37. Thanissaro Bhikkhu, The Patimokkha Training Rules Translated and Explained.
  38. Wasson R. Gordon 1968, Soma : Divine mushroom of immortality.
  39. Wasson R. Gordon 1971, The Soma of the Rig Veda: What Was It? Journal of the American Oriental Society, Vol. 91, No. 2, 169-187.
  40. Rahurkar V. G. 1974, The Use and Control of Liquor in Ancient India. Vishveshvaranand Indological Journal 12 1-2, 286-300.



Ladakh, Tibet, Nepal, Buthan, Sikkim


  1. Ardussi J. A. 1977, Brewing and Drinking the Beer of Enlightenment in Tibetan Buddhism: the Doha Tradition in Tibet, Journal of the American Oriental Society 97(2), 115:124.
  2. Bon-drong-pa 1993. The Dispute Between Tea and Chang. Trans. by A. Fedotov and Acharya Sangya T. Naga. Library of Tibetan Works and Archives, Dharamsala.
  3. Brauen M. 1980, Feste in Ladakh (Graz, Akademische Druck-u. Verlaganstalt).
  4. Dollfus Pascale 1985, Les fastes de la modestie : Chang, la bière d'alliance, L'Univers du vivant 5, 73-79.
    • Processes of brewing barley beer in Ladakh, with identification of technical terms. Two different methods, concurrent or joint in practice, are used to brew the chang-beer : the malting (glum = malt) and the making of amylolytic ferments (phabs). The author then describes the social events for which chang plays an important role : agricultural calendar, marriage, village festivals, hospitality to travelers and guests, negotiations between families, and so on. (republished in Cahiers de Sociologie Economique et Culturelle, Ethnopsychologie 12 (1989), 81:89).
  5. Dollfus Pascale 1991, Peintures tibétaines de la vie de Mi-la-ras-pa, Arts asiatiques 46, 50:71.
  6. Dollfus Pascale 1999, Phu mkhar rdzong, un lieu de pèlerinage au Ladakh, Bulletin de l'Ecole française d'Extrême-Orient 86, 33:64.
  7. Dollfus Pascale 2003, The Seven Rongtsan Brothers in Ladakh, Étudesmongoles et sibériennes, centrasiatiques et tibétaines [En ligne], 376-406. 
  8. Jest Corneille 1975. Dolpo. Communautés de langue tibétaine du Népal. CNRS, Paris.
    • C. Jest was a pioneer ethnologist in the study of Dolpo, highlanders living on the border between Nepal and Tibet. His descriptions of the agricultural cycle, food preparation, and brewing of barley beer are accurate and valuable.
  9. Kunwor R. R. 1984, Nepalese society: Liquor and culture, Ancient Nepal (J. Dept Archaeology) 81, 1:31.
  10. Macdonald A. W. 1967, Matériaux pour l'Etude de la Littérature Populaire Tibétaine vol. I, Presses Universitaires de France, Paris.
    • Translation of the "twenty-five tales of the Vetala", whose first versions back to the 12th century.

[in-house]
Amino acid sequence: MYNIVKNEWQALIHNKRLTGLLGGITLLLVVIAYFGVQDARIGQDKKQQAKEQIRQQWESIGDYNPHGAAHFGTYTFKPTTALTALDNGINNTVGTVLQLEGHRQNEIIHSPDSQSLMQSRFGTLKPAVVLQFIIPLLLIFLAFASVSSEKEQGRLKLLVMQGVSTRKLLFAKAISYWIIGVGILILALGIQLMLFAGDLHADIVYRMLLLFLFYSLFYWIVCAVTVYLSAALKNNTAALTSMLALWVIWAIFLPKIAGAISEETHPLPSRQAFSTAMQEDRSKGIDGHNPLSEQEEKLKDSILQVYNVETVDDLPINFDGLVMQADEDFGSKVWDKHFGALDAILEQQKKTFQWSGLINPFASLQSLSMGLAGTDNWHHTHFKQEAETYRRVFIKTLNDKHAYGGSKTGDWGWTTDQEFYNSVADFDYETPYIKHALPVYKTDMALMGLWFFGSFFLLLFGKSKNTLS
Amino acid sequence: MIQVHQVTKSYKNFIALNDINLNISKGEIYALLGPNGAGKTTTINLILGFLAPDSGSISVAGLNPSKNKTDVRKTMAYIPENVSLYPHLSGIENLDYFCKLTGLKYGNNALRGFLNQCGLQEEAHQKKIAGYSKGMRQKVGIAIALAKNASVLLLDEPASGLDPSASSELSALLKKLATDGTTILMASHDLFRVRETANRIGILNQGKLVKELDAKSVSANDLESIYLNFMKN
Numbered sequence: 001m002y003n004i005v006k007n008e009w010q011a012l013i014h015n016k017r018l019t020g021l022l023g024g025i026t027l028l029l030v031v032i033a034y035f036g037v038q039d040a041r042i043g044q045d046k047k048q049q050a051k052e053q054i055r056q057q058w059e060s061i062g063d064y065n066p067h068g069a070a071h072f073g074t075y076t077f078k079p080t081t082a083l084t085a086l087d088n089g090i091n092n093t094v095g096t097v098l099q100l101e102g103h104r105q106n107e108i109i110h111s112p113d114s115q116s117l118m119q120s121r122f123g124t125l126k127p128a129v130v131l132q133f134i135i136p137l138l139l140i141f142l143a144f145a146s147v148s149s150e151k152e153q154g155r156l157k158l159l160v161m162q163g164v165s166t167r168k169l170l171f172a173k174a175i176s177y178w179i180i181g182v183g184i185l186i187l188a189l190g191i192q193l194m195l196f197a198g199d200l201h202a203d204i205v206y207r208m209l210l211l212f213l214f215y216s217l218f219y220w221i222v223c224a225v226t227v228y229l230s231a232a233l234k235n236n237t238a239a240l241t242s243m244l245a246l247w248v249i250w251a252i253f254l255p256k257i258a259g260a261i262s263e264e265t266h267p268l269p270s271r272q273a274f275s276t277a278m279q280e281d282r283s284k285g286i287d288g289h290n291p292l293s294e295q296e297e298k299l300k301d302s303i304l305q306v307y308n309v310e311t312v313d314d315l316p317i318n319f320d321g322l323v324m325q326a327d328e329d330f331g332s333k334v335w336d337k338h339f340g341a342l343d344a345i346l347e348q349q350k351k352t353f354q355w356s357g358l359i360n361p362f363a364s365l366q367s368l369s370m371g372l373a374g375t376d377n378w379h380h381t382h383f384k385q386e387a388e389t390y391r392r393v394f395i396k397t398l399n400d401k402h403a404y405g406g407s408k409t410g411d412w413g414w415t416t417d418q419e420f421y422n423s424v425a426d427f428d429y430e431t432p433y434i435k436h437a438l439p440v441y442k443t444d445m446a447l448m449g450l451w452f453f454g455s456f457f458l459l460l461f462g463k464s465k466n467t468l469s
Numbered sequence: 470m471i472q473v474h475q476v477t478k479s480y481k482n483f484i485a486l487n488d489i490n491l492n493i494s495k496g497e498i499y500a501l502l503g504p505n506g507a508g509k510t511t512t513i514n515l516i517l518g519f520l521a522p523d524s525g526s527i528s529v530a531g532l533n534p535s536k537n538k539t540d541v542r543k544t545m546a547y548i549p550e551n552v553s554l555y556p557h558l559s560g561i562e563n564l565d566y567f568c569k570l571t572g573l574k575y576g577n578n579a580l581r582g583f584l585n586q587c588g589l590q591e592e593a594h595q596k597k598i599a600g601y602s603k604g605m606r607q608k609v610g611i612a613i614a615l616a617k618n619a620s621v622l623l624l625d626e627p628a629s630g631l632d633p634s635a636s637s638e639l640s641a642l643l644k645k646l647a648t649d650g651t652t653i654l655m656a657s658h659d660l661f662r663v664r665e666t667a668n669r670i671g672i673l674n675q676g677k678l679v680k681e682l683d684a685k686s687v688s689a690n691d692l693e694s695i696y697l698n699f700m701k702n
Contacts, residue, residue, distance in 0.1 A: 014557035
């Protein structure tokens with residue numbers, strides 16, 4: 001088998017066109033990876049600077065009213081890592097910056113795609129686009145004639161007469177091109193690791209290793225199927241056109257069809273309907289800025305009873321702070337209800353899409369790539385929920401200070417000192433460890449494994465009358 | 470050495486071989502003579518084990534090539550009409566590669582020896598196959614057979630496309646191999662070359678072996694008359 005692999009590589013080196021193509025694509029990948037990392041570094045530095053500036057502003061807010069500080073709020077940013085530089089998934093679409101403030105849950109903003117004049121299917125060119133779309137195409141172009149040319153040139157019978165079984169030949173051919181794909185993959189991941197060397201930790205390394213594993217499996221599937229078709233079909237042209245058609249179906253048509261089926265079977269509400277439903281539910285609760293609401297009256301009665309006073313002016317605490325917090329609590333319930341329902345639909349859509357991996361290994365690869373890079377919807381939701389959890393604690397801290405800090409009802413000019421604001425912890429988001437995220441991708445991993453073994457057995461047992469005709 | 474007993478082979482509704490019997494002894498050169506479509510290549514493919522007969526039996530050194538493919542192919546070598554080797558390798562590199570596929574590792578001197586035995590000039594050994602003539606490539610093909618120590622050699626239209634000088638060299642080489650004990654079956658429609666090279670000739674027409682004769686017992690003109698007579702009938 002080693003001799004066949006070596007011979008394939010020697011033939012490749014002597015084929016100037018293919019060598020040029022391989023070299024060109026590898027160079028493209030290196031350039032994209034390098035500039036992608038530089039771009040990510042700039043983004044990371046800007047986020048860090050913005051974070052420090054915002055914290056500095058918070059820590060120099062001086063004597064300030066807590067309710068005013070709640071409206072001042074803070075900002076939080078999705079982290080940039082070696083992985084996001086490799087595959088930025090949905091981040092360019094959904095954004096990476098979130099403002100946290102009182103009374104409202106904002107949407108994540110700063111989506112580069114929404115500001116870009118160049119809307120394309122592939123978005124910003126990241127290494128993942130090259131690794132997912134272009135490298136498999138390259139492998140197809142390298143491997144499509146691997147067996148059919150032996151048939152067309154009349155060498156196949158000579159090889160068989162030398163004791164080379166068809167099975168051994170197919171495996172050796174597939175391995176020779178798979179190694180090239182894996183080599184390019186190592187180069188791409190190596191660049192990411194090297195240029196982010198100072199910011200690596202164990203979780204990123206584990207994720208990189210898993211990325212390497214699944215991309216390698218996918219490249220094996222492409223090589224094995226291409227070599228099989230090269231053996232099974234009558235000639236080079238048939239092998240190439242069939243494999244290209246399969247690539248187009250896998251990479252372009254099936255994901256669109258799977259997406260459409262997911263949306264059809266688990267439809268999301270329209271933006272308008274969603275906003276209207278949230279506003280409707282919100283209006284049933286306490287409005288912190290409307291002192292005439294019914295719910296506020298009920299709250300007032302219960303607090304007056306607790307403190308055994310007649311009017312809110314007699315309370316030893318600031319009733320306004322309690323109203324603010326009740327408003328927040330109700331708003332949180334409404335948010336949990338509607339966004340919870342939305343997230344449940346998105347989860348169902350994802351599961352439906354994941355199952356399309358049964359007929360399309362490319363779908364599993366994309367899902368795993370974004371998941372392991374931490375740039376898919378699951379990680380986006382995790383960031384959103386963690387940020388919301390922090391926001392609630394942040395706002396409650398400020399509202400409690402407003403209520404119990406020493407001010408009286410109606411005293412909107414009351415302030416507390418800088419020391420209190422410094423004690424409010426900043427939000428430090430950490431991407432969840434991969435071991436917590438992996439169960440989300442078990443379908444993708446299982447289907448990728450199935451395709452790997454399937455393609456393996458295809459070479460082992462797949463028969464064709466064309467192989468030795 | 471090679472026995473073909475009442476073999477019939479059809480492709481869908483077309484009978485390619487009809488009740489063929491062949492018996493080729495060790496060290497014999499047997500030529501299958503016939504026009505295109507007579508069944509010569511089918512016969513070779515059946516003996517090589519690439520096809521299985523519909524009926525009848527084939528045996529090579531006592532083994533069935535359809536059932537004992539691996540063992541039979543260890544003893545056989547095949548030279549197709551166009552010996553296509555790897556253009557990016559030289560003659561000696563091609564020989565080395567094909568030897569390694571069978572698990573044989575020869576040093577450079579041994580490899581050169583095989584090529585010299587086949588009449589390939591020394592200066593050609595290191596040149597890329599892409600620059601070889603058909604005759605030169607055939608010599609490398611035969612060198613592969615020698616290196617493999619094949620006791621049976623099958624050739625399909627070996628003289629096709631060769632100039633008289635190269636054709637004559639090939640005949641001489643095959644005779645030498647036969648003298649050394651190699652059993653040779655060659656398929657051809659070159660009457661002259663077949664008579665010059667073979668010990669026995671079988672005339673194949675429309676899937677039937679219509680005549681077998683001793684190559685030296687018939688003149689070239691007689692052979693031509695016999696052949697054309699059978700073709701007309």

11. Mangeot Catherine 1996, L'orge au Ladakh, transformation et traitement culinaire. In Cuisines, Reflets des Sociétés, Marie Claire Bataille-Benguigui & Françoise Cousin, 127:144.
    • The beer-Chang of barley. Details on the preparation of amylolytic ferment (phaps). See Pascale Dolfus 1975.
  12. March Kathryn S. 1987, Hospitality, Women, and the Efficacity of Beer, Food and Foodways 1, 351:387.
    • The barley beer brewed by women ensures and strengthens social bonds among Tamang and Sherpa peoples of Nepal. In appendix, the transcript of a long "Song of Ferment Beer" sung by a shyeponpo (a bard) in September 1976.
  13. Metz John 1989, A Framework for Classifying Production Types of Nepal, Human Ecology 17(2), 147:176.
    • The diversity of crops and legumes according to the nepalese geographical constraints: barley, wheat, millet, finger millet, rice, corn, beans. All these grains serve or have served in past to make beer in Nepal.
  14. Miller Robert and Beatrice 1956, On Two Bhutanese New Year's Celebrations, American Anthropologist 58(1), 179:183.
  15. Obadia Lionel 204, « No King, No drink, Power to the People », Socio-anthropologie 15 [En ligne]
  16. Ortner Sherry B. 1973,Sherpa Purity, American Anthropologist 75(1), 49:63.
  17. Sagant Philippe 1973, Les travaux et les jours dans un village du Népal oriental, Objets et Mondes 13(4), 247:272.
  18. Sprigg R. K. 1983,Hooker's Expenses in Sikkim: An Early Lepcha Text, Bulletin of the School of Oriental and African Studies 46(2), 305:325.
    • The botanist Joseph Hooker explores Sikkim from 1847 to 1851. This is the diary of his travel expenses. Among them, a lot of Murwa-beer for him and his Lepcha guide drunk at all steps on their travel.
  19. Steinmann Brigitte 1987, La cérémonie funéraire chez les Tamang de l'Est, Bulletin de l'Ecole française d'Extrême-Orient 76, 217:280.
  20. Tamang Jyoti Prakash, Thapa S., Tamang N., Rai B. 1996, Indigeneous Fermented foods beverages of Darjeeling Hills and Sikkim: process and product characterization, Journal of Hill Research 9(2), 401:411.
  21. Tamang Jyoti Prakash 2003, Indigeneous Fermented foods of the Himalayas: Microbiology and Food Safety. In The First International Symposium and Workshop on “Insight into the World of Indigenous Fermented Foods for Technology Development and Food Safety” held in Department of Microbiology, Faculty of Science, Kasetsart University, Bangkok, August 2003, I-13.
    • The ethnic groups from India, Nepal, Bhutan, and Tibet are used to brew a great variety of beers made ??from millet, rice, and corn. Each time, molds, yeasts and lactic acid bacteria contribute to the saccharification, and the alcoholic or lactic fermentation.
  22. Toffin Gérard 1977, Pyangon, une communauté néwar de la vallée de Kathmandou; la vie matérielle, Cahier Népalais.
  23. Toffin Gérard 1978, L'Organisation sociale et religieuse d'une communauté newar (Népal), L'Homme 18(1-2), 109:134.
  24. Toffin Gérard 1981, L'Organisation sociale des Pahari (ou Pahi), population du Centre Népal, L'Homme 21(2), 39:68.
  25. Toffin Gérard 1987, La fabrication de la bière chez deux ethnies tibéto-birmanes du Népal : les Tamang et les Néwar. In De la voûte céleste au terroir, du jardin au foyer, B. Koechlin, F. Sigaut, J. Thomas, G. Toffin (eds), 455:468.
    • Inventory of many beers, technical processes, and worthy notations of some ratios of brewing ingredients.
  26. Voyages dans les Marches Tibétaines 1989, Catalogue d'exposition du Musée de l'Homme (P. Dolfus, C. Jemmet), Paris.
    • Pictures of brewing jars and beer pots in the museum collections. Mission Guibaut- Liotard 1936.
  27. Wilkes H. G. 1968, Interesting Beverages of the Eastern Himalayas, Economic Botany 22(4), 347:353.
    • Tea and beer-chang of Tibetans, Lepchas, Bhutanese, and Gurkhas on the border between Tibet, Bhutan and Sikkim.


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22/05/2020  Christian Berger